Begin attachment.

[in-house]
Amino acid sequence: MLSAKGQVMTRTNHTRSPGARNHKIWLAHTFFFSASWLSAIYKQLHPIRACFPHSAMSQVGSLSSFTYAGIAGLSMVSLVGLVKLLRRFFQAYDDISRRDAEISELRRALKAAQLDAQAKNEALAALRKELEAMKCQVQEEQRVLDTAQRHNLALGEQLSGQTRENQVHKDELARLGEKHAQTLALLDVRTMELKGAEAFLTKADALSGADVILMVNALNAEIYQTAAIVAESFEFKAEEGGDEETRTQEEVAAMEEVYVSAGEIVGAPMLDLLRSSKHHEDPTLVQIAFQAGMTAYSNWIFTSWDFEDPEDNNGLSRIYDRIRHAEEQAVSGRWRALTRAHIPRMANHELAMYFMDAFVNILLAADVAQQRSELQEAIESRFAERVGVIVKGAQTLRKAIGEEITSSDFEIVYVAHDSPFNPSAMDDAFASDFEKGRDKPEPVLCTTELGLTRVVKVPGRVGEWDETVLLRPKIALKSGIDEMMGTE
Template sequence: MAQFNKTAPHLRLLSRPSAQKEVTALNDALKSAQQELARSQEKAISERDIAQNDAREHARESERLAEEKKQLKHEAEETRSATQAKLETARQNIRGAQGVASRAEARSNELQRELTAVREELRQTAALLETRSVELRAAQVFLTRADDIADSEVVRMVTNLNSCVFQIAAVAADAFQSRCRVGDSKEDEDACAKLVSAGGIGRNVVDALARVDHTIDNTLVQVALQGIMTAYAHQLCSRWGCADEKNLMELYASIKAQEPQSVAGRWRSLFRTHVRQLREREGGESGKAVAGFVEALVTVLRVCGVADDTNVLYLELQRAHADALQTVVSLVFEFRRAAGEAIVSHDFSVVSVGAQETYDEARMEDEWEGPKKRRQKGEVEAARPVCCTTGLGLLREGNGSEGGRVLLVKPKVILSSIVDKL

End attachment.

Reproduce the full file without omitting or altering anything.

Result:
[in-house]
Amino acid sequence: MLSAKGQVMTRTNHTRSPGARNHKIWLAHTFFFSASWLSAIYKQLHPIRACFPHSAMSQVGSLSSFTYAGIAGLSMVSLVGLVKLLRRFFQAYDDISRRDAEISELRRALKAAQLDAQAKNEALAALRKELEAMKCQVQEEQRVLDTAQRHNLALGEQLSGQTRENQVHKDELARLGEKHAQTLALLDVRTMELKGAEAFLTKADALSGADVILMVNALNAEIYQTAAIVAESFEFKAEEGGDEETRTQEEVAAMEEVYVSAGEIVGAPMLDLLRSSKHHEDPTLVQIAFQAGMTAYSNWIFTSWDFEDPEDNNGLSRIYDRIRHAEEQAVSGRWRALTRAHIPRMANHELAMYFMDAFVNILLAADVAQQRSELQEAIESRFAERVGVIVKGAQTLRKAIGEEITSSDFEIVYVAHDSPFNPSAMDDAFASDFEKGRDKPEPVLCTTELGLTRVVKVPGRVGEWDETVLLRPKIALKSGIDEMMGTE
Template sequence: MAQFNKTAPHLRLLSRPSAQKEVTALNDALKSAQQELARSQEKAISERDIAQNDAREHARESERLAEEKKQLKHEAEETRSATQAKLETARQNIRGAQGVASRAEARSNELQRELTAVREELRQTAALLETRSVELRAAQVFLTRADDIADSEVVRMVTNLNSCVFQIAAVAADAFQSRCRVGDSKEDEDACAKLVSAGGIGRNVVDALARVDHTIDNTLVQVALQGIMTAYAHQLCSRWGCADEKNLMELYASIKAQEPQSVAGRWRSLFRTHVRQLREREGGESGKAVAGFVEALVTVLRVCGVADDTNVLYLELQRAHADALQTVVSLVFEFRRAAGEAIVSHDFSVVSVGAQETYDEARMEDEWEGPKKRRQKGEVEAARPVCCTTGLGLLREGNGSEGGRVLLVKPKVILSSIVDKL